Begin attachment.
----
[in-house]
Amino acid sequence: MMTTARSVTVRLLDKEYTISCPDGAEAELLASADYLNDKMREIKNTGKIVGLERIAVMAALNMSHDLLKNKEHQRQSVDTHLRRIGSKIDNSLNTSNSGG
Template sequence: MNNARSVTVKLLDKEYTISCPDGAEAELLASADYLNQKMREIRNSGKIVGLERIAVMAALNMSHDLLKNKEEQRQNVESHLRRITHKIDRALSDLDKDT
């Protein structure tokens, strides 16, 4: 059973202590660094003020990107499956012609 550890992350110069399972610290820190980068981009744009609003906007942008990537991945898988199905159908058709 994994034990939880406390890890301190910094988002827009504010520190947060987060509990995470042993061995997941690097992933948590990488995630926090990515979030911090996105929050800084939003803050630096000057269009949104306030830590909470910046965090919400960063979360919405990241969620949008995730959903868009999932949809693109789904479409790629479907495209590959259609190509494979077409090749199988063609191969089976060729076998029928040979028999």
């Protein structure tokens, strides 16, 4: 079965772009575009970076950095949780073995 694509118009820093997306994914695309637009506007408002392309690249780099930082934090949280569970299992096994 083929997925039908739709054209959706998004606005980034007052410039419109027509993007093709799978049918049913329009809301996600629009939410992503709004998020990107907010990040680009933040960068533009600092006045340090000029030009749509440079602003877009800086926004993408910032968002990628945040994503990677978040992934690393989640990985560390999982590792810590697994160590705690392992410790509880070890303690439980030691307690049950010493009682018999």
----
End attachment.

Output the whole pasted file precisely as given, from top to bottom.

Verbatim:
[in-house]
Amino acid sequence: MMTTARSVTVRLLDKEYTISCPDGAEAELLASADYLNDKMREIKNTGKIVGLERIAVMAALNMSHDLLKNKEHQRQSVDTHLRRIGSKIDNSLNTSNSGG
Template sequence: MNNARSVTVKLLDKEYTISCPDGAEAELLASADYLNQKMREIRNSGKIVGLERIAVMAALNMSHDLLKNKEEQRQNVESHLRRITHKIDRALSDLDKDT
């Protein structure tokens, strides 16, 4: 059973202590660094003020990107499956012609 550890992350110069399972610290820190980068981009744009609003906007942008990537991945898988199905159908058709 994994034990939880406390890890301190910094988002827009504010520190947060987060509990995470042993061995997941690097992933948590990488995630926090990515979030911090996105929050800084939003803050630096000057269009949104306030830590909470910046965090919400960063979360919405990241969620949008995730959903868009999932949809693109789904479409790629479907495209590959259609190509494979077409090749199988063609191969089976060729076998029928040979028999």
């Protein structure tokens, strides 16, 4: 079965772009575009970076950095949780073995 694509118009820093997306994914695309637009506007408002392309690249780099930082934090949280569970299992096994 083929997925039908739709054209959706998004606005980034007052410039419109027509993007093709799978049918049913329009809301996600629009939410992503709004998020990107907010990040680009933040960068533009600092006045340090000029030009749509440079602003877009800086926004993408910032968002990628945040994503990677978040992934690393989640990985560390999982590792810590697994160590705690392992410790509880070890303690439980030691307690049950010493009682018999």